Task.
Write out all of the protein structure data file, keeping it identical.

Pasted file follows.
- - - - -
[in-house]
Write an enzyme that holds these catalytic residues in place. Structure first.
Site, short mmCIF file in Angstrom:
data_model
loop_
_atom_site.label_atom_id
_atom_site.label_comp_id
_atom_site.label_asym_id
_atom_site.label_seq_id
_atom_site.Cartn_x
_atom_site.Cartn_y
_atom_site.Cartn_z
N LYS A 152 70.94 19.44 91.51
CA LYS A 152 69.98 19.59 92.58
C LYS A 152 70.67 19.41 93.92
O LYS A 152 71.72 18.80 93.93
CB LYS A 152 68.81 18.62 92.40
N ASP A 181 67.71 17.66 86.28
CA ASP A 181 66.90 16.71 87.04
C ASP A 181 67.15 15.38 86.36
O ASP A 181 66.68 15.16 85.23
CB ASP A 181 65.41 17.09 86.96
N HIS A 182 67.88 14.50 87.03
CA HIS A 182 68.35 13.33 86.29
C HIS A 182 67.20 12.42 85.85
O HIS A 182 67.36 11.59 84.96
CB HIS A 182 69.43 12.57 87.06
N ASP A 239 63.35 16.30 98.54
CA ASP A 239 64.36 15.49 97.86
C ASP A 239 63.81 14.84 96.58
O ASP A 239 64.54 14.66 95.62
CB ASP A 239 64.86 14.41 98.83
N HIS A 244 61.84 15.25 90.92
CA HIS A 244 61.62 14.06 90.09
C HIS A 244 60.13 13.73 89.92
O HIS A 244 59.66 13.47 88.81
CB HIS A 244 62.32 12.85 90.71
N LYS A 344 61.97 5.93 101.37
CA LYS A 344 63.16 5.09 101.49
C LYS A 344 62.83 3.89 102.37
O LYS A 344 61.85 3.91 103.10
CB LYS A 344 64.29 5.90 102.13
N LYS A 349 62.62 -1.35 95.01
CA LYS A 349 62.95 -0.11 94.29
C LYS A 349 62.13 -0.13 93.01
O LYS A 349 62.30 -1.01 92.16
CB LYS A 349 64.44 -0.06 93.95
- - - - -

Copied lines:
[in-house]
Write an enzyme that holds these catalytic residues in place. Structure first.
Site, short mmCIF file in Angstrom:
data_model
loop_
_atom_site.label_atom_id
_atom_site.label_comp_id
_atom_site.label_asym_id
_atom_site.label_seq_id
_atom_site.Cartn_x
_atom_site.Cartn_y
_atom_site.Cartn_z
N LYS A 152 70.94 19.44 91.51
CA LYS A 152 69.98 19.59 92.58
C LYS A 152 70.67 19.41 93.92
O LYS A 152 71.72 18.80 93.93
CB LYS A 152 68.81 18.62 92.40
N ASP A 181 67.71 17.66 86.28
CA ASP A 181 66.90 16.71 87.04
C ASP A 181 67.15 15.38 86.36
O ASP A 181 66.68 15.16 85.23
CB ASP A 181 65.41 17.09 86.96
N HIS A 182 67.88 14.50 87.03
CA HIS A 182 68.35 13.33 86.29
C HIS A 182 67.20 12.42 85.85
O HIS A 182 67.36 11.59 84.96
CB HIS A 182 69.43 12.57 87.06
N ASP A 239 63.35 16.30 98.54
CA ASP A 239 64.36 15.49 97.86
C ASP A 239 63.81 14.84 96.58
O ASP A 239 64.54 14.66 95.62
CB ASP A 239 64.86 14.41 98.83
N HIS A 244 61.84 15.25 90.92
CA HIS A 244 61.62 14.06 90.09
C HIS A 244 60.13 13.73 89.92
O HIS A 244 59.66 13.47 88.81
CB HIS A 244 62.32 12.85 90.71
N LYS A 344 61.97 5.93 101.37
CA LYS A 344 63.16 5.09 101.49
C LYS A 344 62.83 3.89 102.37
O LYS A 344 61.85 3.91 103.10
CB LYS A 344 64.29 5.90 102.13
N LYS A 349 62.62 -1.35 95.01
CA LYS A 349 62.95 -0.11 94.29
C LYS A 349 62.13 -0.13 93.01
O LYS A 349 62.30 -1.01 92.16
CB LYS A 349 64.44 -0.06 93.95